Many have been having conversations about white privilege following the death of George Floyd. One professor's tweet about his experience, comparing what happened to him to the Floyd incident, has been getting a lot of attention.
Mark McCoy says he and Floyd were both arrested for allegedly spending a counterfeit $20 bill. For Floyd, a man his age with two kids, it was a death sentence. For him, it’s a story he sometimes tells at parities.
McCoy, an Archaeologist, says that’s a perfect example of white privilege.
McCoy tells us his arrest happened when he was 18 but having his 12-year-old daughter bring up Floyd’s similar arrest now drove him to post about his experience. His tweet is now resonating with tens of thousands of others.
George Floyd and I were both arrested for allegedly spending a counterfeit $20 bill. For George Floyd, a man my age, with two kids, it was a death sentence. For me, it is a story I sometimes tell at parties. That, my friends, is White privilege.
— Mark D. McCoy (@m_d_mccoy) June 1, 2020
“There's a bit of people seeing in that their own white privilege and never having found a way to kind of express it in the same way that I’m well aware of it and have been aware of it since it happened, but I haven't had a place to talk about it. I guess, in this kind of format.”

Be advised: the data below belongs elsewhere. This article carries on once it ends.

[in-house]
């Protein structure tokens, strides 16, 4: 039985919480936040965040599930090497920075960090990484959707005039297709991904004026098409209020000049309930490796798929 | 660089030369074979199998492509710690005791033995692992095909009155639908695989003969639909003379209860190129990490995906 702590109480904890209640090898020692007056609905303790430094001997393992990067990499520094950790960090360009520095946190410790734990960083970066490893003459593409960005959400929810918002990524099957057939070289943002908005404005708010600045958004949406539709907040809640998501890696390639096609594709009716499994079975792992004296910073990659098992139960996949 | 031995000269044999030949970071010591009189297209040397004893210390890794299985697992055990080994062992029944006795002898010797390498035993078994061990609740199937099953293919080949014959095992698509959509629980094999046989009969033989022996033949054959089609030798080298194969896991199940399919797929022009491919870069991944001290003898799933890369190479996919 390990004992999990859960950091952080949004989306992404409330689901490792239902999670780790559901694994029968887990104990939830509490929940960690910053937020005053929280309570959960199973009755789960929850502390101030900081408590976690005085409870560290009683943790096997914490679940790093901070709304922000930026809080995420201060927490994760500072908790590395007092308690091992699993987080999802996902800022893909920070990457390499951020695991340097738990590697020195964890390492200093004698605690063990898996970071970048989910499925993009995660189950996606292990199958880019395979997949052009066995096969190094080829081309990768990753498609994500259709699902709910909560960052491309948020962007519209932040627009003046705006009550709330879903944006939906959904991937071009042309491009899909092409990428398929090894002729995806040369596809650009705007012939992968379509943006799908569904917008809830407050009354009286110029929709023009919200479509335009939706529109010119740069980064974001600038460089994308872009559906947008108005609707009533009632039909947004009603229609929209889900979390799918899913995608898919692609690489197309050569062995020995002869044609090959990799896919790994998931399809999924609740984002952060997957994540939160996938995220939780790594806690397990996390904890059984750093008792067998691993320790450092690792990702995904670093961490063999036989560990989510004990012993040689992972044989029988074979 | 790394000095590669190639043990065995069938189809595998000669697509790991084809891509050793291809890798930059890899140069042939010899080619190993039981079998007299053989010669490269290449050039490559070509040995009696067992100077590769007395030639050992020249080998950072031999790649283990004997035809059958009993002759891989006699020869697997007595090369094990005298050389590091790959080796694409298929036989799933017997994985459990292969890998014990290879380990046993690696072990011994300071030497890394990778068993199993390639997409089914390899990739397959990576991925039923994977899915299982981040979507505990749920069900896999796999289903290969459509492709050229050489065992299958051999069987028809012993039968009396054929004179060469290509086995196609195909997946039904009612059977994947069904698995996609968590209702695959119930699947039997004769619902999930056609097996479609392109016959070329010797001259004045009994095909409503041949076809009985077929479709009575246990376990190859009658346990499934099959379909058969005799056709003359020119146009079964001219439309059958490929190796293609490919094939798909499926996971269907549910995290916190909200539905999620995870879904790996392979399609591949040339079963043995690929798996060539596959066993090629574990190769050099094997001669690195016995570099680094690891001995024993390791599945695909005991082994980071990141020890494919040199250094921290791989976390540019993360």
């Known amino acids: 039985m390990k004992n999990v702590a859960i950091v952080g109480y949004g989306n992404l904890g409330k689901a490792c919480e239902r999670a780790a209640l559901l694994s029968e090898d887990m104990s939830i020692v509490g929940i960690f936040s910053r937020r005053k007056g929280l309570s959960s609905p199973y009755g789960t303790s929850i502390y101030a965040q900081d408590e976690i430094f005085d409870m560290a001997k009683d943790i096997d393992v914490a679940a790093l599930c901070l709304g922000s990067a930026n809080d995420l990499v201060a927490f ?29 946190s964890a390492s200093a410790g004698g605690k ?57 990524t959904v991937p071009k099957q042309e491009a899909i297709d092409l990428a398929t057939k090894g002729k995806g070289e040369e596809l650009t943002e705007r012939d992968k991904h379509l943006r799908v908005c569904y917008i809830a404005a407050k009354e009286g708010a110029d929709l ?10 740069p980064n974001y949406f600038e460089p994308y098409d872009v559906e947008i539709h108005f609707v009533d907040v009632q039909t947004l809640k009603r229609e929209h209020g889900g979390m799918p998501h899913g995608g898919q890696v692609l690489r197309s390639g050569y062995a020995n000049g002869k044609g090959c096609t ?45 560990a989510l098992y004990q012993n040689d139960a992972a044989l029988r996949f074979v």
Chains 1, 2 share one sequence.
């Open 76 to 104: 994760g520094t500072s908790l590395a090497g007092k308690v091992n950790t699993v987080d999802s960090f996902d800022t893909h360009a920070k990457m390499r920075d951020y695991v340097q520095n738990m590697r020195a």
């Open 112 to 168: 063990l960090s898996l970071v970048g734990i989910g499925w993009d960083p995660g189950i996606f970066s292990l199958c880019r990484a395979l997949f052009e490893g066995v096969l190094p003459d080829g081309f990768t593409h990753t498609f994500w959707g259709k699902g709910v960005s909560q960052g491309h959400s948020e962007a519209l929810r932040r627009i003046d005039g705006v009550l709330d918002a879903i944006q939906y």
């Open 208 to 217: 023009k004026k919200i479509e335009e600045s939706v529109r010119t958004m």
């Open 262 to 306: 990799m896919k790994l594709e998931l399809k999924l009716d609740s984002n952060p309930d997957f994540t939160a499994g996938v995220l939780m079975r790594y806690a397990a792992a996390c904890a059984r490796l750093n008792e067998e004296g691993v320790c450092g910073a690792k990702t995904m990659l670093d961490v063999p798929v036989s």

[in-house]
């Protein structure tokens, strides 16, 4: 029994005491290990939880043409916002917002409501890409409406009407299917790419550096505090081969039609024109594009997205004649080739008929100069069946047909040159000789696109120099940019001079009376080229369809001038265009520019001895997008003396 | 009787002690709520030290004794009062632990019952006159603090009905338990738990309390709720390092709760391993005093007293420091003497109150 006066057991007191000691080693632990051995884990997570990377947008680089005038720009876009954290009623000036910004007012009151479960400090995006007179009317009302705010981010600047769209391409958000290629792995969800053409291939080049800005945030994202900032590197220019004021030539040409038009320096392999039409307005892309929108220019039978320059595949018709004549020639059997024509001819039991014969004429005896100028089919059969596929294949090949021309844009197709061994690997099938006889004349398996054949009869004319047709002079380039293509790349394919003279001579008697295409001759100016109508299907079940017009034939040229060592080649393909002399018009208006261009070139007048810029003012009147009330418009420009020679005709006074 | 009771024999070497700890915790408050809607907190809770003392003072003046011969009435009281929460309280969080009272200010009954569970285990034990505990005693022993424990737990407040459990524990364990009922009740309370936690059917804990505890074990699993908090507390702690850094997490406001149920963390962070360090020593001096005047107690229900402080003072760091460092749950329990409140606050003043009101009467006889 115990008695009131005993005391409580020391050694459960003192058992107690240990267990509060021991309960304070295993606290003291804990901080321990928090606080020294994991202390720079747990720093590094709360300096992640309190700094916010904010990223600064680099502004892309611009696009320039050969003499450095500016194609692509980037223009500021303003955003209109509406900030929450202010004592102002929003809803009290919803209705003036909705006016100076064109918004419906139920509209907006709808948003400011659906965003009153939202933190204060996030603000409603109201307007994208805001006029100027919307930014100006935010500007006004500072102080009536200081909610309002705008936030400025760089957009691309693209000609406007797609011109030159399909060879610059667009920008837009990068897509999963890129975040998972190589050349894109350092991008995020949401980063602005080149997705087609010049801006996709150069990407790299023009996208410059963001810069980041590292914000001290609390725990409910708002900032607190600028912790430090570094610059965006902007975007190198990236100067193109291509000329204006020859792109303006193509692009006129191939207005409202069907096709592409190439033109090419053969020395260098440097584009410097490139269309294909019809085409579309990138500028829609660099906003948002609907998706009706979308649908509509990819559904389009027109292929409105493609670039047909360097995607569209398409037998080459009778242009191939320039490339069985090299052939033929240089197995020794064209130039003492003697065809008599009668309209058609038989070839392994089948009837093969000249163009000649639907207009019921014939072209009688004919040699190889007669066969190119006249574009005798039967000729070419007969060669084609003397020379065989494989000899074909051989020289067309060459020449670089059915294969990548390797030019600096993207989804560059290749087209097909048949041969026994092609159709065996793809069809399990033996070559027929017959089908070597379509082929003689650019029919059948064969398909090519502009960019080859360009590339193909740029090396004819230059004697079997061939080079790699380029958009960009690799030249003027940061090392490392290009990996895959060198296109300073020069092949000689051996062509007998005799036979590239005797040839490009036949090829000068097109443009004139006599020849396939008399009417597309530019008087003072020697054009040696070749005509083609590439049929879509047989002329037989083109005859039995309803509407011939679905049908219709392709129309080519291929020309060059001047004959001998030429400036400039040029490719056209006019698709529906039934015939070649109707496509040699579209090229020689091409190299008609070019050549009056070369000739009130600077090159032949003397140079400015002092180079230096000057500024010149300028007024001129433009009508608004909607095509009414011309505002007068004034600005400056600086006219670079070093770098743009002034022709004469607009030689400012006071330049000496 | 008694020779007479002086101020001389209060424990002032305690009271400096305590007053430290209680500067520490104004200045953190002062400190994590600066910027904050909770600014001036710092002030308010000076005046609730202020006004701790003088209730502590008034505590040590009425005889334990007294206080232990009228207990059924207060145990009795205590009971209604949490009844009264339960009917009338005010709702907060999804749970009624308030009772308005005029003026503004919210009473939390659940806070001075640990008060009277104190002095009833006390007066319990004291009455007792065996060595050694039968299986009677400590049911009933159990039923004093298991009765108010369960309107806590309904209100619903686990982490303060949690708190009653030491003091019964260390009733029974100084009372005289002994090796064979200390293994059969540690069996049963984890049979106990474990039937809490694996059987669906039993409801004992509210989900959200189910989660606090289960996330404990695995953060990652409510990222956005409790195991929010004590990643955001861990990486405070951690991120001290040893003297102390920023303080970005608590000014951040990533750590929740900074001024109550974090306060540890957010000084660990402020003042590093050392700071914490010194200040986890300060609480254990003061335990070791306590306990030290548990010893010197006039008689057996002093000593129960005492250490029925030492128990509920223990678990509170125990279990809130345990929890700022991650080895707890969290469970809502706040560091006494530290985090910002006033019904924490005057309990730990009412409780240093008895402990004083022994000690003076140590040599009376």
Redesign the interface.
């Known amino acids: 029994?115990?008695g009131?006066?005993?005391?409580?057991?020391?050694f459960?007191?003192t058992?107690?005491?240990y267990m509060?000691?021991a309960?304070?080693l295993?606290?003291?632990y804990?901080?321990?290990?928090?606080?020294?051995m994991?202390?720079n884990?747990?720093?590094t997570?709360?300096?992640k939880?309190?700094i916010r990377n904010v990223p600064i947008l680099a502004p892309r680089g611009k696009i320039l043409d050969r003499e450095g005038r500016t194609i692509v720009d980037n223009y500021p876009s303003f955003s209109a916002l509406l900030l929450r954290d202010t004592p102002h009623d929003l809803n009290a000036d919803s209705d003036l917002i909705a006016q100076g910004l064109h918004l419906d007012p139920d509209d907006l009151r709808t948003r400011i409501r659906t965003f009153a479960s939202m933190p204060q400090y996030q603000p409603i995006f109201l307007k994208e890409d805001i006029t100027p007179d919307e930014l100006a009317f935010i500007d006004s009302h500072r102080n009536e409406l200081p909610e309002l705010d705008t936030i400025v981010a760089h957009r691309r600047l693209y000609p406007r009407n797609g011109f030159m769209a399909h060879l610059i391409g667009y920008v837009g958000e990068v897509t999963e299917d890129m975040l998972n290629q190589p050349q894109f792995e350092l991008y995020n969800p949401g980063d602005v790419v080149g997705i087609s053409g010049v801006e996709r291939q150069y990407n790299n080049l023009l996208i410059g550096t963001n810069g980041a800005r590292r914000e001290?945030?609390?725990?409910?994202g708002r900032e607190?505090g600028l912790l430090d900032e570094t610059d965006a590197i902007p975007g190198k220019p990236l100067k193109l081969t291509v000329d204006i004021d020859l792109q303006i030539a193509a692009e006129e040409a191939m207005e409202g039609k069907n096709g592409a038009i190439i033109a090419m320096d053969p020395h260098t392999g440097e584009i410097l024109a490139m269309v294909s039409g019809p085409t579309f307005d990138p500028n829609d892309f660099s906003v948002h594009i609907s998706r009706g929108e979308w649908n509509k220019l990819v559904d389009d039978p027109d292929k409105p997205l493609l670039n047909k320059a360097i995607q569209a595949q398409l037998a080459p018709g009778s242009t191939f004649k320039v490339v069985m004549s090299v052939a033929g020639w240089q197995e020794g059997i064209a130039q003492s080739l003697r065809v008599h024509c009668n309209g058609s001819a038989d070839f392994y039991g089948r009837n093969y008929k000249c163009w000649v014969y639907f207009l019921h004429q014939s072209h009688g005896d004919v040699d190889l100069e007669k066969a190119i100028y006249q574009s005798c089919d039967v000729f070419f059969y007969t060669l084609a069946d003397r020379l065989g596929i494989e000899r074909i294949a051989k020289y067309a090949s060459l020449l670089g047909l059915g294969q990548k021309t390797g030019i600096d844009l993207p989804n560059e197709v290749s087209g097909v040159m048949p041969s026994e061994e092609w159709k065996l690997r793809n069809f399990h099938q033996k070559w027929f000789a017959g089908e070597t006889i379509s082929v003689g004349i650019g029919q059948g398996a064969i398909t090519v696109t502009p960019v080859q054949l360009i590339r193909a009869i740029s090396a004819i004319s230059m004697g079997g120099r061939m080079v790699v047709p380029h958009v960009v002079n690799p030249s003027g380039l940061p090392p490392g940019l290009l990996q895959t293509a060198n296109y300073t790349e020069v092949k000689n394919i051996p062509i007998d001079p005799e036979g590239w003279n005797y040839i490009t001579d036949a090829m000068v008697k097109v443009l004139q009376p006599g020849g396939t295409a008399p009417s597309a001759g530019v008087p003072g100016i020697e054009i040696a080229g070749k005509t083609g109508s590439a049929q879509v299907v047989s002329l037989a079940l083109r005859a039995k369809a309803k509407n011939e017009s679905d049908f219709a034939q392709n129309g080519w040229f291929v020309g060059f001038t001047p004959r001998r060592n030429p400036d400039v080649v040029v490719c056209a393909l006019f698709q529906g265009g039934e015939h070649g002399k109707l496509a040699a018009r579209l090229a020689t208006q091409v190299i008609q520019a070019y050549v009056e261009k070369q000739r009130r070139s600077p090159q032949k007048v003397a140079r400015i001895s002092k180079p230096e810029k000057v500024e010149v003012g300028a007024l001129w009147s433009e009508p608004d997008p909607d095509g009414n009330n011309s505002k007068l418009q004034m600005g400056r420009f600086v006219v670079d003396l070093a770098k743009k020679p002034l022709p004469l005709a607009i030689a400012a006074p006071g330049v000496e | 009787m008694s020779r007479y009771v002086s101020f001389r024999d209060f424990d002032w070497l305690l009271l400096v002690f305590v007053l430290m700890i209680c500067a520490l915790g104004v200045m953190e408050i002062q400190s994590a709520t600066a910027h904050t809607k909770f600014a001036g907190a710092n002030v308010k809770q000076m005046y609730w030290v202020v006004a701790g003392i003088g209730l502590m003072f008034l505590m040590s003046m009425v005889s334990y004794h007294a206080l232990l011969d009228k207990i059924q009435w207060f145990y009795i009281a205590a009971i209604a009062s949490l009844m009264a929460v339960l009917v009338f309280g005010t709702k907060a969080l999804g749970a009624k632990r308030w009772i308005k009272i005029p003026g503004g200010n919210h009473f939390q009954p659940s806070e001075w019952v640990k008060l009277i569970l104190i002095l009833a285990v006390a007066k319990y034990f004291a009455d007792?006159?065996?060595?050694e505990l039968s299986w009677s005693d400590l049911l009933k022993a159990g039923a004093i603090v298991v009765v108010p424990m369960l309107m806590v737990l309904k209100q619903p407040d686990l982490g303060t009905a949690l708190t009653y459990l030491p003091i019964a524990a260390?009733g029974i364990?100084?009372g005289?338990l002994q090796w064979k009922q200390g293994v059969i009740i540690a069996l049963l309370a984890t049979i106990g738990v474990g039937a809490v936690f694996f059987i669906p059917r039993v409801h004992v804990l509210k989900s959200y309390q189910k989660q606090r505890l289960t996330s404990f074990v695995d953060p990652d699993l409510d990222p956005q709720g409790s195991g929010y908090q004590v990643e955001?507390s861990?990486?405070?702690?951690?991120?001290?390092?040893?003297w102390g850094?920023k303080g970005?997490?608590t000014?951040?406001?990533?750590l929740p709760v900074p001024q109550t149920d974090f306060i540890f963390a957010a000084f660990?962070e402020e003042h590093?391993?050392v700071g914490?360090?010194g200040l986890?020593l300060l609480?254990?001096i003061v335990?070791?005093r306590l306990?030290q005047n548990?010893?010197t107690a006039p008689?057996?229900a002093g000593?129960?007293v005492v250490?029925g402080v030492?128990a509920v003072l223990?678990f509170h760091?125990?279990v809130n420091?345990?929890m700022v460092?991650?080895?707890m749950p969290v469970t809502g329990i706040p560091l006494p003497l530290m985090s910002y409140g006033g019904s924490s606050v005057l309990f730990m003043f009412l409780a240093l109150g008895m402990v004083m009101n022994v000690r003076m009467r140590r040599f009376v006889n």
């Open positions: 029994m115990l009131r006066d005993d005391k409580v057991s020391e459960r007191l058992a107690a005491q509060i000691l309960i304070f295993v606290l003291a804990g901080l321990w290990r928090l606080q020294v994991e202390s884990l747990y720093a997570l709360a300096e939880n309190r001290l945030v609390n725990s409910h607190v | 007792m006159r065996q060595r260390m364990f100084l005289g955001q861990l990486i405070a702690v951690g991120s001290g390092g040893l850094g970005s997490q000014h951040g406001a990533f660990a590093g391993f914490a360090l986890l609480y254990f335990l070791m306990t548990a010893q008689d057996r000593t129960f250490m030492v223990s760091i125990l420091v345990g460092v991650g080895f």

McCoy says one of the things he hopes came across in his tweet was his desire to humanize George Floyd.
Both McCoy and Tim Wise, an anti-racism educator and author of a number of books on racism and white privilege, say acknowledging white privilege is a first step, but that's not where it stops.
“We've got to learn to listen to people of color and black folks in particular and believe them when they talk about their experiences, whether that's with cops or employers,” said Wise.
Wise says we must raise these issues regularly to create equality, not just when there's a crisis.
He adds that it's also important to let our families, friends and colleagues know where we stand in this moment and challenge them on where they stand.
He also says we need to recognize the movement has been growing for a long time and it will still be a long fight ahead.